2020 has been an unprecedented year. The global economy looked precarious even before the world was forced to shut down as COVID-19 spread. The outcome for markets was devastating and, while recovery is repeatedly forecast, second waves and other obstacles to growth (particularly Brexit) stand in the way.
While many people try to build their wealth amid the uncertainty, affluent investors are working to retain their wealth and avoid the erosion of their assets as markets take a pummelling. So how are they doing this and when are they acting?
A key investment strategy for people with wealth to protect is value investing. This means investing in stocks or assets that appear to be trading below their intrinsic value, or whose value is underestimated. While value is itself a relative concept, when the market has already turned down, as is the case since the start of the year, there are many stocks that have already lost a lot of value. This doesn’t mean they are all undervalued though, and there is also a further stock fall to consider.
The FTSE 100 has lost 22% since the beginning of 2020, although the initial decline was even steeper. Wealthy investors will look at the market and consider not only how far it has fallen but if it has further to fall.
The pandemic is far from over and the second lockdown is a daily reminder of this. Perhaps more worrying for the stock markets is the lack of progress on a Brexit deal. In the melee of COVID-19 restrictions, Brexit has dipped below the radar, but the impact of a no-deal Brexit could be even more debilitating for many companies and pose a threat to stock market investments.
Property prices and investment
The property market is in a similar bind. The initial hiatus in property sales during the COVID-19 lockdown created some pent-up demand, and the government’s stamp duty holiday is spurring sales that might have been longer in the planning. The end of the stamp duty holiday on March 31 will dampen demand, and may even scupper sales that fail to complete before the deadline. More importantly, though, the full economic impact of the COVID-19 pandemic has yet to be felt.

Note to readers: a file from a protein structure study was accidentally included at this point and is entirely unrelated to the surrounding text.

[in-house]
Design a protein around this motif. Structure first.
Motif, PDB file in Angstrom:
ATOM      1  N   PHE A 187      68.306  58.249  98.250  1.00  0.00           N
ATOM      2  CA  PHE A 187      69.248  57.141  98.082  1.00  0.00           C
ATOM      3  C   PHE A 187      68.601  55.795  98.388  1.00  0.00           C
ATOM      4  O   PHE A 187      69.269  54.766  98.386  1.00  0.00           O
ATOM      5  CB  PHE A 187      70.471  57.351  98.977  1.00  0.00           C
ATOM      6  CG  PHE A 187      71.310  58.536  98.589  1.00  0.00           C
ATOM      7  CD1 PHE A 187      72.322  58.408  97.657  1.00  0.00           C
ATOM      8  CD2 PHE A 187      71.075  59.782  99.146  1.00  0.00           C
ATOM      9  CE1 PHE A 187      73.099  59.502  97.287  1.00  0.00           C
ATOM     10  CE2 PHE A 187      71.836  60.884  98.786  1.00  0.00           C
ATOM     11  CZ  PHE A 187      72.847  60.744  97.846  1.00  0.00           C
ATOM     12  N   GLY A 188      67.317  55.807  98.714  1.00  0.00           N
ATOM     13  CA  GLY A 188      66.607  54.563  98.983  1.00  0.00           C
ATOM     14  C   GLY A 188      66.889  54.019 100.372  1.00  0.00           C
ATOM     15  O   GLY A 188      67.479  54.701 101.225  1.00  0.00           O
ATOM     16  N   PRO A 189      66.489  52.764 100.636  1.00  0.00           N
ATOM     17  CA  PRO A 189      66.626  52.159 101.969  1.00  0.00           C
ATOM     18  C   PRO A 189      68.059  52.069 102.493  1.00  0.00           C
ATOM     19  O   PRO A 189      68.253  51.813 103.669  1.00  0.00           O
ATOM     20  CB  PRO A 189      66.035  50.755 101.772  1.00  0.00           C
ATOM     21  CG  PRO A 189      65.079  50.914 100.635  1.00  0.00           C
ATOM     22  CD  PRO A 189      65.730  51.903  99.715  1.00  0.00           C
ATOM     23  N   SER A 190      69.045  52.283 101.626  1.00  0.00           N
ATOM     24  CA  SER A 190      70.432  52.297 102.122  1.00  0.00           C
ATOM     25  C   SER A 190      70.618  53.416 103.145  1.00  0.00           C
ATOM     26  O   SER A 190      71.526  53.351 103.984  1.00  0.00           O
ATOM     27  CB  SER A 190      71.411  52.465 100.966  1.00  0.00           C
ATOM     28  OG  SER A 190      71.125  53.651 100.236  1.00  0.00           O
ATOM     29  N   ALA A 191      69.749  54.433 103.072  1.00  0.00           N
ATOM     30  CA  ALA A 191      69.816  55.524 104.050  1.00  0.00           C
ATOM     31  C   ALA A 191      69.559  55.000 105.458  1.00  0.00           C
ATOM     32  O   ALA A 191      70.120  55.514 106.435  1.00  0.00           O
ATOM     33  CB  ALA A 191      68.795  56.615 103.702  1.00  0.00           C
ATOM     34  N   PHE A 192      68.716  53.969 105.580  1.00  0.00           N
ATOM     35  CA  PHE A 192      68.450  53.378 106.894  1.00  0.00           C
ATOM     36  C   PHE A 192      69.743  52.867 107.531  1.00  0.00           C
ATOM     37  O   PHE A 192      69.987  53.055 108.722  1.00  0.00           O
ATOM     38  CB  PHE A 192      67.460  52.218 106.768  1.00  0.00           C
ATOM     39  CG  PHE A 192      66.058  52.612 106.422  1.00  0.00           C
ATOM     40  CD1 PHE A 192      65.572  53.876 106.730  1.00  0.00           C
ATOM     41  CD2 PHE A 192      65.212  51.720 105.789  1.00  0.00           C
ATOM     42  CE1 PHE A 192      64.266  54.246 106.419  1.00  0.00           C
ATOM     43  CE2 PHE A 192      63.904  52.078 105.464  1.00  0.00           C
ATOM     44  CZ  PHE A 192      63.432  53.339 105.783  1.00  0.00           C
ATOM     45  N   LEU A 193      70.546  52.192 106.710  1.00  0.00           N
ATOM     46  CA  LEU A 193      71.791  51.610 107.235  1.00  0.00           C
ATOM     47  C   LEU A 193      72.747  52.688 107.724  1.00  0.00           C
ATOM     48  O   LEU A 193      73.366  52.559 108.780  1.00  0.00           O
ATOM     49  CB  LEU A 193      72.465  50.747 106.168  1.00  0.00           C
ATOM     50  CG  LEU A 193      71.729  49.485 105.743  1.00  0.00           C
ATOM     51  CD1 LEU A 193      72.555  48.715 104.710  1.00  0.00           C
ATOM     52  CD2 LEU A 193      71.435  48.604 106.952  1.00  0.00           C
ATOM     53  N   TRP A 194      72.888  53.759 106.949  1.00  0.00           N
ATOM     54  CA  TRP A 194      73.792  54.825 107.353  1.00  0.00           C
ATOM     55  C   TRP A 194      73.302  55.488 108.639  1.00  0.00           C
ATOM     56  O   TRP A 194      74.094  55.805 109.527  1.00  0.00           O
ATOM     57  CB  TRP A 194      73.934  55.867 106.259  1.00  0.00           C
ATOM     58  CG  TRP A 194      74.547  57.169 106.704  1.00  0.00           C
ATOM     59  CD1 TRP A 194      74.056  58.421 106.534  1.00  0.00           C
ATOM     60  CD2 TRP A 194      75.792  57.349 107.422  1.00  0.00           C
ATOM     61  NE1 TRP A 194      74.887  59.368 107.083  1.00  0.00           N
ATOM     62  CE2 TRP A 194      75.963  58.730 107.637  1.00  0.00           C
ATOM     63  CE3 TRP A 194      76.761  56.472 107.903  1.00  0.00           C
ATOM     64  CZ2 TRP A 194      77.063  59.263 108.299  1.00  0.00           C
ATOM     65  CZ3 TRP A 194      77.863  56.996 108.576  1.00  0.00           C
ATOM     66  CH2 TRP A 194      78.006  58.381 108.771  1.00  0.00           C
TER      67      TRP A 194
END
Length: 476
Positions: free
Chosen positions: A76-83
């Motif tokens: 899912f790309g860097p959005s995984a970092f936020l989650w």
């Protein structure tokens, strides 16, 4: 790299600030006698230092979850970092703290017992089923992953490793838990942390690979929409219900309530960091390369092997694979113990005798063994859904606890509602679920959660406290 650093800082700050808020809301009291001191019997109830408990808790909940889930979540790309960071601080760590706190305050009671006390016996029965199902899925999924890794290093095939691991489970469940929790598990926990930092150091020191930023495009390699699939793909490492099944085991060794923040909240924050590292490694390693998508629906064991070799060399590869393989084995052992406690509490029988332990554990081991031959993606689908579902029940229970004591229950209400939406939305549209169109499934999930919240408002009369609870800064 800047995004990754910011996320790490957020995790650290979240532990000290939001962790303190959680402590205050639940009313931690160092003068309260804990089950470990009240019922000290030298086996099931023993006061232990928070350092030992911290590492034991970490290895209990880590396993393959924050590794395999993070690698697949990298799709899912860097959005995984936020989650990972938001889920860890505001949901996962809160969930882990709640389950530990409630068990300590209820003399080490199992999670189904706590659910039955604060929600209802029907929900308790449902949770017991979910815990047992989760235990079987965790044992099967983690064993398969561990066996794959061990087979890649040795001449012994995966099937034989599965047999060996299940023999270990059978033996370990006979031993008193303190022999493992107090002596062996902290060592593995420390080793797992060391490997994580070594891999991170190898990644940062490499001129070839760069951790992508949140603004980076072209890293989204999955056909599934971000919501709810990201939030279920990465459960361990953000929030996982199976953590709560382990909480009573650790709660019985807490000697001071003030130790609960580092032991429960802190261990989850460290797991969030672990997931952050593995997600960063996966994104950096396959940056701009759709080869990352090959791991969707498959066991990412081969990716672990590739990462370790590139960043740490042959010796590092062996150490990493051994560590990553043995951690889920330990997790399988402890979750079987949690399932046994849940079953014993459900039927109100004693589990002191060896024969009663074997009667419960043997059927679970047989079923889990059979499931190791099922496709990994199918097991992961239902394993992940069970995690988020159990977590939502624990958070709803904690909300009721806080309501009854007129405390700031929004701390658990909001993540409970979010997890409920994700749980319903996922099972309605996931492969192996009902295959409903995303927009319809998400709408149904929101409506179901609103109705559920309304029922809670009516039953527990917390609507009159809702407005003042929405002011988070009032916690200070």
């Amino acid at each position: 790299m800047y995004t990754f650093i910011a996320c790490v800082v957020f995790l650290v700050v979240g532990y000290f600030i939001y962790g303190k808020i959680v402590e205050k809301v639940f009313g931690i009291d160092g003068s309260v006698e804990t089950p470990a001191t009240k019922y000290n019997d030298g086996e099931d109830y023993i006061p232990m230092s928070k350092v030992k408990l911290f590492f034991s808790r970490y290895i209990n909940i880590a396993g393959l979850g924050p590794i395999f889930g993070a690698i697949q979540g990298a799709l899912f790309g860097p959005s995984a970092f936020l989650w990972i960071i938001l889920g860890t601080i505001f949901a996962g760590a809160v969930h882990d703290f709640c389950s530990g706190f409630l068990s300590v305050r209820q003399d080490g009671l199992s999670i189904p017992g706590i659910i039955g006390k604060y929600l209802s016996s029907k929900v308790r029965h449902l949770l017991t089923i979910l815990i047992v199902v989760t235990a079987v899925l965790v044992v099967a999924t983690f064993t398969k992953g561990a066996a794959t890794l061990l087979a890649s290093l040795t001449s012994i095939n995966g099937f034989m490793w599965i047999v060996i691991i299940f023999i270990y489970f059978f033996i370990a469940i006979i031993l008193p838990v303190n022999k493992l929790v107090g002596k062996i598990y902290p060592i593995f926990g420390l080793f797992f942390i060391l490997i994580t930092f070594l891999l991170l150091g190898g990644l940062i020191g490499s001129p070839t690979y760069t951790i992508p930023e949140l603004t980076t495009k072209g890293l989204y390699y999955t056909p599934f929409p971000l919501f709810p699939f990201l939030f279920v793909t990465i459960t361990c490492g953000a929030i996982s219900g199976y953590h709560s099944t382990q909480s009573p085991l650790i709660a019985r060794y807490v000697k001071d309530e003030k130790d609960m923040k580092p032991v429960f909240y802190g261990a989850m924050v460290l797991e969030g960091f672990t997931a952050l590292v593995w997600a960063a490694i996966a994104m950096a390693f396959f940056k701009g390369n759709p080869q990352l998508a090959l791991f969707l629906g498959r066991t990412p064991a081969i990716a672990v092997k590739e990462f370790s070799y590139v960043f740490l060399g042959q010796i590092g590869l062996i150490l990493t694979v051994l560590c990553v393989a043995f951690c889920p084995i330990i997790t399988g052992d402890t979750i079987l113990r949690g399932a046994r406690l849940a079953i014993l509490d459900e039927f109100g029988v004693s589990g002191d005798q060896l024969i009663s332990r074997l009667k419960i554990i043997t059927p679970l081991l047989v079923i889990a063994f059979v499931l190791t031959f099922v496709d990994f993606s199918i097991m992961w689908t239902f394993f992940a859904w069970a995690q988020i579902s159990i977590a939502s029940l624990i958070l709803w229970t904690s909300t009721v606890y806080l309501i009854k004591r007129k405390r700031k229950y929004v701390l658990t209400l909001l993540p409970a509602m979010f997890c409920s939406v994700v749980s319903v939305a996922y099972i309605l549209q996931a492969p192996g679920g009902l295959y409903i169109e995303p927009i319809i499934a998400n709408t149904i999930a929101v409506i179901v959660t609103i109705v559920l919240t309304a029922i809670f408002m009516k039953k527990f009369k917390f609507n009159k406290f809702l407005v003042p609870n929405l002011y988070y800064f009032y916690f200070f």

Businesses are still able to furlough employees, propping up jobs for another few months but storing up redundancies for later. The government has been so profligate in pumping new money into the economy, this debt will need to be repaid adding tax rises and reduced investment to the financial hardships of the post-pandemic economy. With such froth in the property market, wealthy investors are prudently biding their time rather than catching a falling knife by investing in property at its height.
No interest in banks
Few wealthy investors keep their assets in the bank. It’s the modern-day equivalent of under the mattress considering the interest rates available at the moment. The Bank of England rate of interest is currently 0.1% but it is considering cutting its lending rate below zero, which would mean bank savings rates falling even lower than they are now.
The best rate for an instant savings account is only 0.45%, and inflation is 0.5% but is almost certain to rise over the next few years. This will inevitably erode the spending power of any assets left in the bank while also leaving them open to counter-party risk.
The risk of a bank failure may seem implausible, but the financial crisis was only just over a decade ago and the recent and future economic impact of the COVID-19 pandemic is a real danger to the financial system. Interest rates are so low that there is little upside risk to leaving your money in the bank, and current share prices and market valuations suggest the downside risk is increasing.
So how do the wealthy protect their assets in times of economic and political turmoil? Even in calmer seas, seasoned investors know to hedge their assets to protect them from the most virulent market corrections and precious metals, including gold and silver, are a key hedging strategy. Gold has a long history of weathering storms and remaining a safe harbour as other parts of the economy come under stress.
Gold often has an inverse relationship with other investments including stocks, so when these decline, the gold price often strengthens as investors turn to the precious metal as a safe-haven. This means people with wealth to protect prudently diversify their portfolio for this reason, but they also choose to buy physical gold for its many other advantages.
Gold coins and physical gold
Physical gold, in the form of gold bars or gold coins, is separated from the banking system so does not come with counterparty risk. In addition to the absence of counterparty risk, gold is also a tax-free way to invest. Gold does not attract VAT and depending on the format of the physical gold bought, it can also be capital gains tax-free too.
Certain gold coins, including Britannias and Gold Sovereigns, are designated legal tender and therefore cannot attract capital gains tax. Chancellor Rishi Sunak has started a review of capital gains tax and it is widely considered a prime candidate for an increase as the government begins the arduous journey of balancing the books after its pandemic spending spree.
Gold is a private, tax-efficient, safe-haven investment that is used widely by wealthy investors with diversified portfolios. In the midst of the COVID-19 uncertainty and with Brexit less than two months away, if you want to protect your assets as the wealthy do, physical gold is the smart investment.